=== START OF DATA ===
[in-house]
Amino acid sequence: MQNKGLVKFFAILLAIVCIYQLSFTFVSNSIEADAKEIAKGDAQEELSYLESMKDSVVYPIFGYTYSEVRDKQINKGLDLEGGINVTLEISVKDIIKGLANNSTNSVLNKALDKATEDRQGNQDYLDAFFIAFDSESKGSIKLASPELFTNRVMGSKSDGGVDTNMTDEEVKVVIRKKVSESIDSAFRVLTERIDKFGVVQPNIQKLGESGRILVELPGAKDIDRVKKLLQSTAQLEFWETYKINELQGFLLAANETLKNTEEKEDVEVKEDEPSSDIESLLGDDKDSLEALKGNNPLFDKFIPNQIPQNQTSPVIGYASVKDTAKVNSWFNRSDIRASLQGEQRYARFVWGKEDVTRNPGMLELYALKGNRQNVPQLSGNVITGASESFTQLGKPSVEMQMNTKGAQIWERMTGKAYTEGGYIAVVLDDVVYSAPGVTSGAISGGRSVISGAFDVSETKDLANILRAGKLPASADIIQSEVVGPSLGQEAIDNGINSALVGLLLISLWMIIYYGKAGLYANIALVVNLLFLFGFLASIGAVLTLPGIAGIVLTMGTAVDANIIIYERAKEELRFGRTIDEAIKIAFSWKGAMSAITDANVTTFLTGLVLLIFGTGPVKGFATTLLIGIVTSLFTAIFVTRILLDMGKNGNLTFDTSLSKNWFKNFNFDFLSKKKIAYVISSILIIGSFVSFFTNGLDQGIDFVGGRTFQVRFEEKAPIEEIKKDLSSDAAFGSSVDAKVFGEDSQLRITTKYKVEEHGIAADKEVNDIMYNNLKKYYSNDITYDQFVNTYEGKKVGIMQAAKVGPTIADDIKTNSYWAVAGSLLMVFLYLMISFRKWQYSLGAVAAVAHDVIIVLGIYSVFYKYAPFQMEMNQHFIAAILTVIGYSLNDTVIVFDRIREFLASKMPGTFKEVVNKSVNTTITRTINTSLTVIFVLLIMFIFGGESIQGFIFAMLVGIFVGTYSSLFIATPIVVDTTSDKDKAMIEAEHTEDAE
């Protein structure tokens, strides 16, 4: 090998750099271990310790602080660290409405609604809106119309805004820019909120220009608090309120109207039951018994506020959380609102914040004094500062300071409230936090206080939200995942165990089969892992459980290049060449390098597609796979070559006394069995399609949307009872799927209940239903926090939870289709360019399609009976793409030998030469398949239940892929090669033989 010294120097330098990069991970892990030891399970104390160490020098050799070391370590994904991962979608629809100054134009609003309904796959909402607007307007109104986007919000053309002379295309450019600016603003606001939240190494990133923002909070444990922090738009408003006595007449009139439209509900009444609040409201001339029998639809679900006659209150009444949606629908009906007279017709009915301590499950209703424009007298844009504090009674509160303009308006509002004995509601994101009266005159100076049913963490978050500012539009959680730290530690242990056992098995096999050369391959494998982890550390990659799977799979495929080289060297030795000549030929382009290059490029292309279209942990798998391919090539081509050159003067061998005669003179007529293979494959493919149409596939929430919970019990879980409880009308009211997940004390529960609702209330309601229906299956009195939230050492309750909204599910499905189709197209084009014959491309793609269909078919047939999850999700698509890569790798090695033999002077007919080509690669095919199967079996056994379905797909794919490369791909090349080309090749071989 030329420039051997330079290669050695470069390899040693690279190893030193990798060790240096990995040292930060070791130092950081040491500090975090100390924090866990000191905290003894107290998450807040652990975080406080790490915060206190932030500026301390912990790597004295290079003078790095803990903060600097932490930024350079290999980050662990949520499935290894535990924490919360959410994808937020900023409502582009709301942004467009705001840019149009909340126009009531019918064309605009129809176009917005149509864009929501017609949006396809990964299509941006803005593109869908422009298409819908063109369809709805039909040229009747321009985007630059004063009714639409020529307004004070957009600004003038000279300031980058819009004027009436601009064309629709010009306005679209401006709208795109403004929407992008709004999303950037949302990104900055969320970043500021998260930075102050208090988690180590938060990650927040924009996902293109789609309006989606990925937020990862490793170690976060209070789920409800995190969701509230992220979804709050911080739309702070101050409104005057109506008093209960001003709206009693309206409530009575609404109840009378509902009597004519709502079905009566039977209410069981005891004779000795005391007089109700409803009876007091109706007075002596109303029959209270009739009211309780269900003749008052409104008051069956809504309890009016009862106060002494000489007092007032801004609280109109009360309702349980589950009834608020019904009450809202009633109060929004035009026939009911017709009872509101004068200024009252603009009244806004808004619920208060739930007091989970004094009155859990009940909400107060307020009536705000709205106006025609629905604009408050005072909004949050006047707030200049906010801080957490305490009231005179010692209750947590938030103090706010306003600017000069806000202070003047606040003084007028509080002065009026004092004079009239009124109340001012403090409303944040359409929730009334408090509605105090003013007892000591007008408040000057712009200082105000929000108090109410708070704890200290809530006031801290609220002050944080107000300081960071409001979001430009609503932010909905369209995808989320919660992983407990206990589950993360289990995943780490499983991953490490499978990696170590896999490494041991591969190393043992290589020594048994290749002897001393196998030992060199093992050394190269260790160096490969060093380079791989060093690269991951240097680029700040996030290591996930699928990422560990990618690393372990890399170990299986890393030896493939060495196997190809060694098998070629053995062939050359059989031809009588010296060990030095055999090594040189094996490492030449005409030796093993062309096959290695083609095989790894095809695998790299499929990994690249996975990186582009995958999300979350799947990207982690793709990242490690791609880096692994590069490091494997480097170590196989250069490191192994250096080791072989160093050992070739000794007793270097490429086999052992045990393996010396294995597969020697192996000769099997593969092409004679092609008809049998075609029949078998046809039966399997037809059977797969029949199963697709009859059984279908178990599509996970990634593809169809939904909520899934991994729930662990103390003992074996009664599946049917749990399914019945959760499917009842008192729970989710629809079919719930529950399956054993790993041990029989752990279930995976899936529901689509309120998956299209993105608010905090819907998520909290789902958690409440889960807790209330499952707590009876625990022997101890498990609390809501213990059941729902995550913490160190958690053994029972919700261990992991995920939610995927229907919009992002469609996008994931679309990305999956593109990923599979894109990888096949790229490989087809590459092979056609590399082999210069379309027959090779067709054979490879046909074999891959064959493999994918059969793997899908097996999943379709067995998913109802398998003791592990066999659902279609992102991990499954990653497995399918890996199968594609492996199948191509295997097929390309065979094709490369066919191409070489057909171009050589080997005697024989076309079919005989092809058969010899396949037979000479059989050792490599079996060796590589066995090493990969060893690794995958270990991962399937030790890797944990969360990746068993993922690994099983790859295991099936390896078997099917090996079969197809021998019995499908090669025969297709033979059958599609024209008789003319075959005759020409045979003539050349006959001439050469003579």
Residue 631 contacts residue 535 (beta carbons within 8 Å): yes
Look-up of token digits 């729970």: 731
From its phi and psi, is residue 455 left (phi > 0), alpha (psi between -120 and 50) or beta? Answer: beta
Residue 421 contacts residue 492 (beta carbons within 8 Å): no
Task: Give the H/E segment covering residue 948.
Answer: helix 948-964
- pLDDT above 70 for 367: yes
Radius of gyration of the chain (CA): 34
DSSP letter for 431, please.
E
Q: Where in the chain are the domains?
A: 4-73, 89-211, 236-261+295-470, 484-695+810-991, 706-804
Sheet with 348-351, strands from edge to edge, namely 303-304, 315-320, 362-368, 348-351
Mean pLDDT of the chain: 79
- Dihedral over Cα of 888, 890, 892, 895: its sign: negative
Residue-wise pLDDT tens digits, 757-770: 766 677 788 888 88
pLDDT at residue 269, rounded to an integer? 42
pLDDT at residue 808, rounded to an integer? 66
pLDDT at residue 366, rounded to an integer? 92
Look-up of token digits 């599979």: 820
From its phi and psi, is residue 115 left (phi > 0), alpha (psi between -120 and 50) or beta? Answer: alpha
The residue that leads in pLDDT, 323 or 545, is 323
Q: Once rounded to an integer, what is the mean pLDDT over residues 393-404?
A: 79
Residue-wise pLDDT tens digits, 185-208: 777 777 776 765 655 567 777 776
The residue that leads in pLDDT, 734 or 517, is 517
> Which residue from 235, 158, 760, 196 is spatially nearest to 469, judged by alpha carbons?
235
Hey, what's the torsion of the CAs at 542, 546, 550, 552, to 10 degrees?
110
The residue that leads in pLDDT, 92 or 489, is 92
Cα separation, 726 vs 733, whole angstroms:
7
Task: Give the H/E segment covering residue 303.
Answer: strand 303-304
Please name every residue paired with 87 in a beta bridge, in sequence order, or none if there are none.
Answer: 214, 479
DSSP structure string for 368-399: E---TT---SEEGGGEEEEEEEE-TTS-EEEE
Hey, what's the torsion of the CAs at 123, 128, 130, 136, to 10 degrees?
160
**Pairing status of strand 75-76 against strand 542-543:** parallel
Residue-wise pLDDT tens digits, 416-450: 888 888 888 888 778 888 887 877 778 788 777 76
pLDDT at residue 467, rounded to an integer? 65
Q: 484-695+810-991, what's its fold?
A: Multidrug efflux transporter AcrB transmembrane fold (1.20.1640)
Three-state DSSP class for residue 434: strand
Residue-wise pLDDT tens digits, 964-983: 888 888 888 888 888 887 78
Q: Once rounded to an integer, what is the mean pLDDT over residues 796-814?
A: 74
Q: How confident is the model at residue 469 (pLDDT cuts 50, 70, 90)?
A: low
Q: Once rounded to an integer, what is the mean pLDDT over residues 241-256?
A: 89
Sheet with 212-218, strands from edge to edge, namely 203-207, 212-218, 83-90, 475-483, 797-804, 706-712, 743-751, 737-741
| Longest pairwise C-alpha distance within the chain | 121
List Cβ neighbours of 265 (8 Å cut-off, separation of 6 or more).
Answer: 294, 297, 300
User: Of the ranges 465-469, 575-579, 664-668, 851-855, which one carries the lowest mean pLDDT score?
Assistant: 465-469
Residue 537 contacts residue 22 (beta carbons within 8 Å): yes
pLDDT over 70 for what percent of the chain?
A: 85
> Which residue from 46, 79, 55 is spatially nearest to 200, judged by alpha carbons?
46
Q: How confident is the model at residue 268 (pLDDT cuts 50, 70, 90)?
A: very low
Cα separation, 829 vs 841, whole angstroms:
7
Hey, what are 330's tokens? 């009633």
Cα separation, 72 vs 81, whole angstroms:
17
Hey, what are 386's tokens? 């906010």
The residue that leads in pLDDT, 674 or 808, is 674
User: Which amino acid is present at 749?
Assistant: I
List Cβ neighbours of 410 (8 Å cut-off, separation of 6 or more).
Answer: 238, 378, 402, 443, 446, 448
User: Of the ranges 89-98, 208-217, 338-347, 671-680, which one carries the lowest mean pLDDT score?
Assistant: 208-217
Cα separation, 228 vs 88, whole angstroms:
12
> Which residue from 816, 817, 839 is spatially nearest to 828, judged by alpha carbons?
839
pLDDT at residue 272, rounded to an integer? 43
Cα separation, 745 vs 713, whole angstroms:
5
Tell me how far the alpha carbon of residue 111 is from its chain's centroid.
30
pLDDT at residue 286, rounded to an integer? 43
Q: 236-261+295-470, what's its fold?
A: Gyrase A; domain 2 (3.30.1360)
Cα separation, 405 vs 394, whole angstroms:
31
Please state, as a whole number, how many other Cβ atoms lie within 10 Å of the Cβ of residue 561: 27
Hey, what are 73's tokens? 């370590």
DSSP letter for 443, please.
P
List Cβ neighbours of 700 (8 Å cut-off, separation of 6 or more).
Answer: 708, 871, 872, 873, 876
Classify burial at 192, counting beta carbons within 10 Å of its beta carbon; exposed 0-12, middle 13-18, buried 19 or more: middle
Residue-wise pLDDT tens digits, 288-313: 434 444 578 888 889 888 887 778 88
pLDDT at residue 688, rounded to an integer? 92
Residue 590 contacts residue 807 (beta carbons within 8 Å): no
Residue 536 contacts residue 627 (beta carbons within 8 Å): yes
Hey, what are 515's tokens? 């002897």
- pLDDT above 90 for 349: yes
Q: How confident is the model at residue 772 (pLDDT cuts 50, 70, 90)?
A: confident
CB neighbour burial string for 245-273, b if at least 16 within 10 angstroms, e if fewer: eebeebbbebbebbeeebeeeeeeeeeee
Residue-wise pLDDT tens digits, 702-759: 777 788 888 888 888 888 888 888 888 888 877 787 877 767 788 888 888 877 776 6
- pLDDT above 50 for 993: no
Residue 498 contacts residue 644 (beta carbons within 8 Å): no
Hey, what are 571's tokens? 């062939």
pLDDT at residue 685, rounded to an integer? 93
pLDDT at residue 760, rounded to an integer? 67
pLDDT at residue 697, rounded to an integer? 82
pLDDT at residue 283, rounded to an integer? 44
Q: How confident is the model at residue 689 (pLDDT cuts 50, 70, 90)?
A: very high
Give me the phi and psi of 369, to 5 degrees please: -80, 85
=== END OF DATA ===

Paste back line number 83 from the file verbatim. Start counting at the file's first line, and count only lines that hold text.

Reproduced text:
Cα separation, 228 vs 88, whole angstroms: